Newswise — DALLAS – Feb. 18, 2015 – UT Southwestern Medical Center’s Moncrief Cancer Institute and Harold C. Simmons Comprehensive Cancer Center debuted the Mobile Cancer Survivor Clinic – a custom-designed, $1.1 million, fully equipped 18-wheeler that can deliver follow-up and screening services to cancer survivors in their communities.
Starting in April, the Mobile Cancer Survivor Clinic will offer 3-D mammography, colon cancer screenings, private exam rooms, exercise facilities for one-on-one training, and high-speed telemedicine links to cancer experts and counseling services at UT Southwestern’s Moncrief Cancer Institute in Fort Worth and the Harold C. Simmons Comprehensive Cancer Center in Dallas, the only National Cancer Institute-designated cancer center in North Texas and one of only 68 in the nation.
The bilingual cancer survivor services will target nine rural North Texas counties covering more than 7,000 square miles, where an estimated 15,000 uninsured and underserved cancer survivors often don’t have convenient access to cancer experts and related facilities.
“The Mobile Cancer Survivor Clinic reflects UT Southwestern’s commitment to improve patient care and expand convenient access to the outstanding medical expertise available at UT Southwestern and its Moncrief Cancer Institute. We are committed to making it possible for even those who live at a distance from our facilities to benefit from the research, genetic counseling, and other services that would not otherwise be available in these communities,” said Dr. Daniel K. Podolsky, President of UT Southwestern. Dr. Podolsky holds the Philip O'Bryan Montgomery, Jr., M.D. Distinguished Presidential Chair in Academic Administration and the Doris and Bryan Wildenthal Distinguished Chair in Medical Science.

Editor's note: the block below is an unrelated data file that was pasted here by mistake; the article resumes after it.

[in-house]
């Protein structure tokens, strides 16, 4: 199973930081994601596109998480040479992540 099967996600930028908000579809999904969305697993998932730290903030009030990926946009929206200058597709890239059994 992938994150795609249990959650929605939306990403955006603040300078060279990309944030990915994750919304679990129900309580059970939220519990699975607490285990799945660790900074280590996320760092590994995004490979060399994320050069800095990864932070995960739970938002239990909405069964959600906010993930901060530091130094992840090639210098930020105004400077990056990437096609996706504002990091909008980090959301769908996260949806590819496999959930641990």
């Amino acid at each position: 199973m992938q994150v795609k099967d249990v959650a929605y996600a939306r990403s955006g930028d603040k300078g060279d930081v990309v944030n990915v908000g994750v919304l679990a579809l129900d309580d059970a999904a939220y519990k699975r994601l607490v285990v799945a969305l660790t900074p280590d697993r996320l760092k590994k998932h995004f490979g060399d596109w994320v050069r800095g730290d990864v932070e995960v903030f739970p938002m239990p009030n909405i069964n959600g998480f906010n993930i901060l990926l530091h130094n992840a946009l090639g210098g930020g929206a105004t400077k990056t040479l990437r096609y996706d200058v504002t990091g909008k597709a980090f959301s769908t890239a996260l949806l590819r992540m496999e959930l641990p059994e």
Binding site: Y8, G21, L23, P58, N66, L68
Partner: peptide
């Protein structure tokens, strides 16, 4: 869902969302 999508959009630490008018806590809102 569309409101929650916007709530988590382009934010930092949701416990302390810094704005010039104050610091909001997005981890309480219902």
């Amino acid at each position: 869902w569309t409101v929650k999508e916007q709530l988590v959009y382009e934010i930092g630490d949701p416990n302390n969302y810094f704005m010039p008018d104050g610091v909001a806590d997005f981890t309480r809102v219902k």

The traveling clinic will serve Tarrant, Parker, Wise, Hood, Erath, Somervell, Johnson, Ellis, and Navarro counties – a region where 55 percent of the population is considered medically underserved and where one-third of cancer survivors are considered at risk of failing to adhere to essential follow-up care due to the lack of facilities, lack of transportation, and other factors.
“This new mobile clinic extends the reach of Simmons Cancer Center in North Texas,” said Dr. Keith Argenbright, Director of UT Southwestern’s Moncrief Cancer Institute in Fort Worth and Associate Professor of Clinical Science at the Simmons Cancer Center. Dr. Argenbright will serve as supervising physician for the Mobile Cancer Survivor Clinic. “The clinic’s state-of-the-art telecommunication capability will enable UT Southwestern physicians in other locations to provide consultations for patients through secure videoconferencing technology,” he added.
Today, more people are surviving cancer than ever before – increasing the need for follow-up care. The National Cancer Institute (NCI) has estimated that by 2022 cancer survivors will account for more than 5 percent of the U.S. population, or about 18 million people. Even after surviving the disease, cancer survivors face a range of issues including pain, difficulties with range of motion, depression, anxiety, fatigue, poor nutrition, and muscle weakness.